One of the City of Bend’s goals in its Transportation System Plan is to create safer ways for pedestrians and cyclists to get from downtown Bend, on the west side, to the east side.
Right now, that’s difficult to do, as Highway 97 and a railroad divide the two sides of town.
“There needs to be a method to get people on foot from downtown to the east side,” Peter Murphy with ODOT said. “So looking around for options, it seems a bridge, an overcrossing, is the right way to go.”
The City of Bend is looking to make such an overcrossing happen. There are plans in the works to use $12.5 million from the recently-approved transportation bond to build a pedestrian bridge on Hawthorne Ave., as well as improve already-in-place under crossings on Franklin Ave. and Greenwood Ave.
City Councilor Anthony Broadman shared a rendering on Twitter of what that overcrossing could look like.
If we’re serious about connectivity #inBend, the success of the BCD, complying with the Climate Action Plan, home affordability, and a sustainable future, Hawthorne Bridge should be our focus. Graphics: Ashley & Vance Engineering pic.twitter.com/GPTdP66Ljk
— Councilor Anthony Broadman (@TheBroadman) April 6, 2021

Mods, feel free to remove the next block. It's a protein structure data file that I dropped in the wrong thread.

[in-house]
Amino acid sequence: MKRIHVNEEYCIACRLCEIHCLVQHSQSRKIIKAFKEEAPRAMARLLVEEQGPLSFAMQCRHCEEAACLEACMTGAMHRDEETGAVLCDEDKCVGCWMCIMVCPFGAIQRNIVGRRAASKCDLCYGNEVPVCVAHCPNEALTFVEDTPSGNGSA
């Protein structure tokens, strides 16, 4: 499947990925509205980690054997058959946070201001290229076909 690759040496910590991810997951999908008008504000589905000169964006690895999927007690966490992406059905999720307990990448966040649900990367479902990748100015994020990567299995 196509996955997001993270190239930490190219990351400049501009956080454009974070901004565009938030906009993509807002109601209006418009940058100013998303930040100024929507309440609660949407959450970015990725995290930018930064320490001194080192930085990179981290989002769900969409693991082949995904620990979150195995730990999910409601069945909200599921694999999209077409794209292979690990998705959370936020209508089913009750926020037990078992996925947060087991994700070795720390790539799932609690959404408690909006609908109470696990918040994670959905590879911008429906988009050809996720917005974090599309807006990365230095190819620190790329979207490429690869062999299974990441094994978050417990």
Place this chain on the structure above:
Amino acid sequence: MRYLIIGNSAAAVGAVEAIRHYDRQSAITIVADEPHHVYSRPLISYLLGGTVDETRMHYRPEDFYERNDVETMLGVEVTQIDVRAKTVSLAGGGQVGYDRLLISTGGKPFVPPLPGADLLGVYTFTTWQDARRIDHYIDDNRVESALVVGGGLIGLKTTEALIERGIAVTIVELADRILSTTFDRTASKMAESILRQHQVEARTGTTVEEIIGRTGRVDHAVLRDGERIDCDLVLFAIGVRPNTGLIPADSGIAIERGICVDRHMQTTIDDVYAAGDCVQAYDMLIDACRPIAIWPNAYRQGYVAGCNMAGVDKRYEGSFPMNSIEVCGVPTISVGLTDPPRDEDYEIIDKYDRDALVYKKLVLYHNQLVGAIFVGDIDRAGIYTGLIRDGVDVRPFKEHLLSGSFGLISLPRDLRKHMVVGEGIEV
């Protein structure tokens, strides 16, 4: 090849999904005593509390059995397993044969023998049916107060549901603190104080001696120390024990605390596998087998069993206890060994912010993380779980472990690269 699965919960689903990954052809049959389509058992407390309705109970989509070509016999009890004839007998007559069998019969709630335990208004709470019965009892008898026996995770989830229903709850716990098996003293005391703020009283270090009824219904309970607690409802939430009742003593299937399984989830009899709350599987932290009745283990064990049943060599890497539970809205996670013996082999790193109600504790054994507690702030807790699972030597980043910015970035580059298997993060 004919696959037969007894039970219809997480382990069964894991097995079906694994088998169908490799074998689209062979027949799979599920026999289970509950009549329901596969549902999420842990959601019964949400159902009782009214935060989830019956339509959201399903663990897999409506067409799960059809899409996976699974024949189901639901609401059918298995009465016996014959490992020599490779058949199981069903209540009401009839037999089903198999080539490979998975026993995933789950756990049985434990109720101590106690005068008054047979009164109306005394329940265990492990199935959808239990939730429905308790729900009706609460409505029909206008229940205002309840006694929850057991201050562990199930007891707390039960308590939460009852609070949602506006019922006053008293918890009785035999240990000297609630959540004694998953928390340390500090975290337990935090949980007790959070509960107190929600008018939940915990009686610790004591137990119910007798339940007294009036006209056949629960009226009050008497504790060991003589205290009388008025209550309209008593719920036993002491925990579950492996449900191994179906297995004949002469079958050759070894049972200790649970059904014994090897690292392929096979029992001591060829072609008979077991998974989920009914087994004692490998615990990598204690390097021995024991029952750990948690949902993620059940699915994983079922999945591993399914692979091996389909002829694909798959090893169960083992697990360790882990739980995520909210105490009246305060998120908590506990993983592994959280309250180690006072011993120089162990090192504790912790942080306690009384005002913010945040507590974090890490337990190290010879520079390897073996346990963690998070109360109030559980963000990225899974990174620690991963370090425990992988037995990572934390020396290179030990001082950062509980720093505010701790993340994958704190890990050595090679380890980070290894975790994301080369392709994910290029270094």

“I think it shows a commitment in our city to ensuring we have a sustainable future,” Broadman said.
Those improvement projects, including the bridge idea, are now gaining support from local state lawmakers.
Sen. Tim Knopp of Bend has proposed spending 2 million dollars of American Rescue Plan on east-west improvement projects.
“My sense is that there’s a lot of momentum in the community, in the business community, in the advocacy community, and in our delegation to make this a reality,” Broadman said.
Allison Platt, a senior planner of the city of Bend, says the two biggest hurdles — community support and base funding — toward making the improvements happen are already out of the way.
“We already know we have public support to move forward with it and we have identified funding that can be used on it, but we’re still in that scoping and conceptual phase where we need to identify what would that actually look like,” Platt said.
The project is still five or more years down the road, according to Platt.
There are still several more steps of approval to go through with various stakeholders, including approval on design ideas, and more funding would ultimately be needed for the bridge, which could cost anywhere from $10 to $20 million dollars, Platt said.